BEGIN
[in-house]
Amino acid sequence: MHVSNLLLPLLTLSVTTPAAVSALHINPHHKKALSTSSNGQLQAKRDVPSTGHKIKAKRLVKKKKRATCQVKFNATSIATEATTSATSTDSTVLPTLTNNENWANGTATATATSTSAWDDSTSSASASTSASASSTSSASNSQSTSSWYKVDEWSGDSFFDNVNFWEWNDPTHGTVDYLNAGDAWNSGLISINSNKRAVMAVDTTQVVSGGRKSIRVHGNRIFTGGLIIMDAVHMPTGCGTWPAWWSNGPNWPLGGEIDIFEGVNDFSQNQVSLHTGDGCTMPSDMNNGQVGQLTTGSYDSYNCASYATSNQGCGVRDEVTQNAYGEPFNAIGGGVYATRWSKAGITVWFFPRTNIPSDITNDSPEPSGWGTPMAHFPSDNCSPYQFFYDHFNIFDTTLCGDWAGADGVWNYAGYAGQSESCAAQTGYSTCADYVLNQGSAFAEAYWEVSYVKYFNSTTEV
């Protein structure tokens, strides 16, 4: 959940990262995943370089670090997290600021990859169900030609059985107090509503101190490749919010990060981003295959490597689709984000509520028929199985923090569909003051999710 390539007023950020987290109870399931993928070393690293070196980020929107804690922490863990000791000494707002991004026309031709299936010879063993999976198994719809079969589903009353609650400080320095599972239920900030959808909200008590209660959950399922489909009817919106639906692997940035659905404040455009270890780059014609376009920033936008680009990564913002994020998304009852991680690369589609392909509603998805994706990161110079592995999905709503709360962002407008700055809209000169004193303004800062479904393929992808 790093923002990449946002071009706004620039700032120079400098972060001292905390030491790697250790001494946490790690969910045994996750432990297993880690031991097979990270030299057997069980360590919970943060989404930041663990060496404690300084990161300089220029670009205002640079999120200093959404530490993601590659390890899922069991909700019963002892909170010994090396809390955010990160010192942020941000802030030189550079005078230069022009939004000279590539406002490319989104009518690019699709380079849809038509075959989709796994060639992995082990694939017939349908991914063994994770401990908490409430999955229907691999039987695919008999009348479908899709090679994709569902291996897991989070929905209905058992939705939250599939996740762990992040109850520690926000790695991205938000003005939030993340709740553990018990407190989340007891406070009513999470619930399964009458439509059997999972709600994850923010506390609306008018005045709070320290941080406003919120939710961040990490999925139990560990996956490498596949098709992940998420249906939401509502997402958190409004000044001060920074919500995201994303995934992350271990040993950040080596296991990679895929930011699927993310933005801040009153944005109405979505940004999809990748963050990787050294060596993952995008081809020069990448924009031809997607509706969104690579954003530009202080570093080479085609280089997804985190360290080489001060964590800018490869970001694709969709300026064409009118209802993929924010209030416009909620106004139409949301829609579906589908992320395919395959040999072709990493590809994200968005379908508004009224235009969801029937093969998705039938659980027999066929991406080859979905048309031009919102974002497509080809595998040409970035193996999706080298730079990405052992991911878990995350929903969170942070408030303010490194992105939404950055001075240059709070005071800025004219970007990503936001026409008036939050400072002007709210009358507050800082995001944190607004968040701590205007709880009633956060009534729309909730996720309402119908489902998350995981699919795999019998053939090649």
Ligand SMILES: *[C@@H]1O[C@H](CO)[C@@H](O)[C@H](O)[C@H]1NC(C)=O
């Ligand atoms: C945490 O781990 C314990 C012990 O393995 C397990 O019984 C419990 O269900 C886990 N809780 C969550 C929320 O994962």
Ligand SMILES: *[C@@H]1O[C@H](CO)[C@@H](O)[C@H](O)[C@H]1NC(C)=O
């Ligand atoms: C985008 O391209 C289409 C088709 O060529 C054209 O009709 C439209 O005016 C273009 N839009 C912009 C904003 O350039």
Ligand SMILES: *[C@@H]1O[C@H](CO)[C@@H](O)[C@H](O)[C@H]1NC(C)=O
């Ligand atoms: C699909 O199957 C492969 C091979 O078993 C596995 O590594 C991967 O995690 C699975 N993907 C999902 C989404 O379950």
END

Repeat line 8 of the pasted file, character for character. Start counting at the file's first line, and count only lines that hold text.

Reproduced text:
Ligand SMILES: *[C@@H]1O[C@H](CO)[C@@H](O)[C@H](O)[C@H]1NC(C)=O